Parents see value of text messages in supporting healthy child behaviors

Text messaging is a promising medium for supporting pediatric obesity-related behavior change and parent perspectives could assist in the design of text-based interventions, finds a study in the Journal of Medical Internet Research.

"Few studies have examined text messaging interventions to influence child health behaviors or explored parental perceptions of mobile technologies to support behavior change among children," state the article's authors. "Our aim was to examine parental acceptability and preferences for text messaging to support pediatric obesity-related behavior change."

In the study, focus groups and follow-up interviews were conducted with parents of overweight and obese children, aged six to 12 years, who were seen for "well-child" care in eastern Massachusetts. A professional moderator used a semistructured discussion guide and sample text messages to catalyze group discussions. 

Seven participants received three weeks of text messages before a follow-up one-on-one telephone interview. Using a framework analysis approach, researchers systematically coded and analyzed group and interview data to identify "salient and convergent" themes.

"We reached thematic saturation after five focus groups and seven follow-up interviews with a total of 31 parents of diverse race/ethnicity and education levels," states the article. "Parents were generally enthusiastic about receiving text messages to support healthy behaviors for their children and preferred them to paper or email communication because they are brief and difficult to ignore."

Parents in the study were enthusiastic about text messaging interventions and most commonly cited convenience and "ease of use" as advantages. Many of the parents characterized text messaging as more effective than other types of communication because its brevity, immediacy, and "hard to ignore" quality.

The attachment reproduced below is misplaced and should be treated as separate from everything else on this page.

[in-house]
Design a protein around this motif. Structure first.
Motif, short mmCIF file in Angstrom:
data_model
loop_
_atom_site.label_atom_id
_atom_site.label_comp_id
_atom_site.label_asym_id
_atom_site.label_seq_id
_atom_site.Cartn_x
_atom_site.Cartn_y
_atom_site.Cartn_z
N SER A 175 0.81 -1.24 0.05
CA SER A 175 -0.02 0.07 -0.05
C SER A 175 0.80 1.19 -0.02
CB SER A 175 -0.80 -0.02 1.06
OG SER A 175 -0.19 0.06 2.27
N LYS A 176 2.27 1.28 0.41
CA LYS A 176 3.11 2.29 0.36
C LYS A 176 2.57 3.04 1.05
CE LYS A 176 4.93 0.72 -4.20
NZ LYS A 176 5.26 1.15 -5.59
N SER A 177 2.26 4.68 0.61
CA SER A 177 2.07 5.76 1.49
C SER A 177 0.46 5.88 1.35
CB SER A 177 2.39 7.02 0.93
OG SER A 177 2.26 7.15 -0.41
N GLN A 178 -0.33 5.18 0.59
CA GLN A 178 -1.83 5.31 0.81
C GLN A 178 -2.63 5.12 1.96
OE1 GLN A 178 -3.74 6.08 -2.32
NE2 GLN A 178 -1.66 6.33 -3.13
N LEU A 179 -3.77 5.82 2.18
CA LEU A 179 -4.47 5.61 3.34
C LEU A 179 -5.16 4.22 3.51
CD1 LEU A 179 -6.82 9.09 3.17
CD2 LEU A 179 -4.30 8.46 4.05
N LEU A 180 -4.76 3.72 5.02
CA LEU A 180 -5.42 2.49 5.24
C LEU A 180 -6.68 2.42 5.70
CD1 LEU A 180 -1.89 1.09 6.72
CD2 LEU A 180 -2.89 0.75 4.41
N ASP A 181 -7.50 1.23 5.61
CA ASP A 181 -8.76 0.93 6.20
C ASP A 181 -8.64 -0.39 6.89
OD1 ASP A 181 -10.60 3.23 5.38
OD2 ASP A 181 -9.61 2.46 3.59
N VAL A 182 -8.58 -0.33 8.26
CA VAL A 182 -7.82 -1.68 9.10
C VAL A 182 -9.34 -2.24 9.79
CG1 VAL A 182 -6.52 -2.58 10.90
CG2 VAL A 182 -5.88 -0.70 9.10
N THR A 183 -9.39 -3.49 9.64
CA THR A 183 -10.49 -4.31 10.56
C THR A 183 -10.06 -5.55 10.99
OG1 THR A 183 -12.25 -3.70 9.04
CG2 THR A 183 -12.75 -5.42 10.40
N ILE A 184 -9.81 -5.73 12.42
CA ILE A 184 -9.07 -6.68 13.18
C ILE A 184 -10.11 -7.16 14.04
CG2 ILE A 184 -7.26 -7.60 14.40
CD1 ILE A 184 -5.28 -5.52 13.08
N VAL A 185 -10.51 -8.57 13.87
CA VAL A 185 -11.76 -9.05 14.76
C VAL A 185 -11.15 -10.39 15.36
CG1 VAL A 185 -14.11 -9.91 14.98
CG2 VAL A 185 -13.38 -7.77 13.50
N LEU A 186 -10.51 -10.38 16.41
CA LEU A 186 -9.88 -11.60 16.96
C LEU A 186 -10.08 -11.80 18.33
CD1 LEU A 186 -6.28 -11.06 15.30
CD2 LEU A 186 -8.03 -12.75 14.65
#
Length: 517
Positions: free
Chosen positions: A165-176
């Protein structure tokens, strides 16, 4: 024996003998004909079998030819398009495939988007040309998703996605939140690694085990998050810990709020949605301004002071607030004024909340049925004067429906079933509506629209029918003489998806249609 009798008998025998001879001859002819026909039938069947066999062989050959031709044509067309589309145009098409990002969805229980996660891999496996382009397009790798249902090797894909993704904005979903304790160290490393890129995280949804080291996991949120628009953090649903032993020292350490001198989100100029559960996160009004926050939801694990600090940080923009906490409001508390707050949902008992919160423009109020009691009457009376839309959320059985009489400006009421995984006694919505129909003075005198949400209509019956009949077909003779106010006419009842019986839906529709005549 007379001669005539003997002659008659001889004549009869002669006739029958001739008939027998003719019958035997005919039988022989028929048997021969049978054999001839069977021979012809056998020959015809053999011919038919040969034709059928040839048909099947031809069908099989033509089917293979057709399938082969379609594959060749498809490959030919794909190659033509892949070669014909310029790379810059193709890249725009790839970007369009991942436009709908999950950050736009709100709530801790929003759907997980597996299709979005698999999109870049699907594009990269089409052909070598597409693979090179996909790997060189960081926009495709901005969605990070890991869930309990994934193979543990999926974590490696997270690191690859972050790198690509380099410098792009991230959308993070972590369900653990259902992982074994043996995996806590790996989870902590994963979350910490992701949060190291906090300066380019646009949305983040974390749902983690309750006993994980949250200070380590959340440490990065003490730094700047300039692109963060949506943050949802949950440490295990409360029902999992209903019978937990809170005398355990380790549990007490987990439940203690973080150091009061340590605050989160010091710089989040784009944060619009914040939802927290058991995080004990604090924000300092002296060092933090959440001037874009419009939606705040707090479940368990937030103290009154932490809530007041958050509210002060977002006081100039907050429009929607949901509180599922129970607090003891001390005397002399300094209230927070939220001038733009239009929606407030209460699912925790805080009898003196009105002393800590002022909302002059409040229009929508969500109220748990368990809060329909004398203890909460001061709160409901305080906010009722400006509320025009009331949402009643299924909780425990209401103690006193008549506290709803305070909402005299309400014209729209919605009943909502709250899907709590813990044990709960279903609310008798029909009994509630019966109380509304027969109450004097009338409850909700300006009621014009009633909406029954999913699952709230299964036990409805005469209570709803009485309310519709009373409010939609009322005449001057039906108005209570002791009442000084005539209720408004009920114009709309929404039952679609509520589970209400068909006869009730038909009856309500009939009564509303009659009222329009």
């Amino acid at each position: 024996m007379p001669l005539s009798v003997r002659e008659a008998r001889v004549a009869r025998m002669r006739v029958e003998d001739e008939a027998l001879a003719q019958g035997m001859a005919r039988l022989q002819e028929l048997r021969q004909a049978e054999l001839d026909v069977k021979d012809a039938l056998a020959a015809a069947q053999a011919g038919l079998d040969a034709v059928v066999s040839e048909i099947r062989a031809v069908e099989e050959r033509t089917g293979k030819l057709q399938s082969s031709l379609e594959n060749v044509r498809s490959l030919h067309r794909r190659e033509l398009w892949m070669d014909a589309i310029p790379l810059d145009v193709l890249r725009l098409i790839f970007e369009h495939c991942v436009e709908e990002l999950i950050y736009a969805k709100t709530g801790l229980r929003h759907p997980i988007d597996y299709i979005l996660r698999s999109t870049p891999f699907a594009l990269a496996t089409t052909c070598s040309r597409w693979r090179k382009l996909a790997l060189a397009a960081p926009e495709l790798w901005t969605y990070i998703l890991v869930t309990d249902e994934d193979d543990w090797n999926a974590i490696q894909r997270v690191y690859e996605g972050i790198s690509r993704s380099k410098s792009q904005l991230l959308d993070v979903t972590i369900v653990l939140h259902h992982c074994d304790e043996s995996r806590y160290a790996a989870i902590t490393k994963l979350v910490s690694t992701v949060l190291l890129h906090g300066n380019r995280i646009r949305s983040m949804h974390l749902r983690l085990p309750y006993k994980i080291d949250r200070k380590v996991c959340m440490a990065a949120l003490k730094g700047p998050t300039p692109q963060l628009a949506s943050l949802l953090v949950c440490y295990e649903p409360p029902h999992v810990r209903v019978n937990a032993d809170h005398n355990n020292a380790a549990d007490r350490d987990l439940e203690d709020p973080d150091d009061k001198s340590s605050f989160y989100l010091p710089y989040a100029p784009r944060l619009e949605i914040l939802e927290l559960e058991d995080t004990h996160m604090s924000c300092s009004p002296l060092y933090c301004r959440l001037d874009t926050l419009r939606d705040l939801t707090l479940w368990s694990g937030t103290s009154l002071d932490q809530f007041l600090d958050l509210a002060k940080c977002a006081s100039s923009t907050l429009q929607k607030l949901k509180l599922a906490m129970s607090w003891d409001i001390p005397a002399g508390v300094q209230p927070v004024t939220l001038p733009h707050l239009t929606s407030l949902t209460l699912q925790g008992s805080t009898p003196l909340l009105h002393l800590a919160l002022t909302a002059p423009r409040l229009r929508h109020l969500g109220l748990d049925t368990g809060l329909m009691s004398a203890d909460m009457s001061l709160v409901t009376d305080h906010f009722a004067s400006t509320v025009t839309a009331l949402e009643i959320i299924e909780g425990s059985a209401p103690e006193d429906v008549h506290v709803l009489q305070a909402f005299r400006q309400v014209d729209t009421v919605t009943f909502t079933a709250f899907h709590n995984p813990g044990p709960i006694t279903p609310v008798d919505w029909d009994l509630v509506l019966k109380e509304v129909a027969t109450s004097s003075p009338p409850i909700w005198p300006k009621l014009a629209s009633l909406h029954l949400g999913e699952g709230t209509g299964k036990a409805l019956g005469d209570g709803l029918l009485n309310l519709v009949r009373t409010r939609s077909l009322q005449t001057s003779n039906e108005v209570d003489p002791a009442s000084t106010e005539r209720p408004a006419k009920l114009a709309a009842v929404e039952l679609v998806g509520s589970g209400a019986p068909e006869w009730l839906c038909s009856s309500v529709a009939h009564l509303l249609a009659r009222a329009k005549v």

"While some reported more comfort with email than text messaging, many felt inundated with emails and reported consequently ignoring or overlooking many," according to the authors. "Some considered the asynchronous nature of text messaging a benefit because you can read and reply to messages when convenient. Many mentioned that text messages are easy to share and show to others, allowing quick dissemination of health messages to family and friends."

Limitations of text messaging described by parents included the difficulty of referring back to messages at a later time and message size constraints. A few parents described less comfort with the technology, and some felt cost would be a barrier for those without unlimited text messaging plans.

"This study represents a novel exploration of parent preferences regarding text messaging and other technologies to support obesity-related behavior change for their children and presents themes that can guide future interventions," concluded the article. "Studying actual behavior change in response to text messaging will be a critical next step."

Towards that end, a recent study from the Georgia Institute of Technology found that simple, daily SMS text messages asking pediatric asthma patients about their symptoms and providing knowledge about their condition can lead to improved health outcomes.

To learn more:
- read the study in JMIR

Suggested Articles

The newly launched Center for Connected Health will be largest telehealth hub in the Philadelphia region, according to Penn Medicine.

The FDA commissioner wants to use additional funding under Trump's budget to advance digital health initiatives and integrate real-world data.

The FDA's approval of an app that uses AI to notify specialists of a potential stroke offers new possibilities for triage software that uses CDS.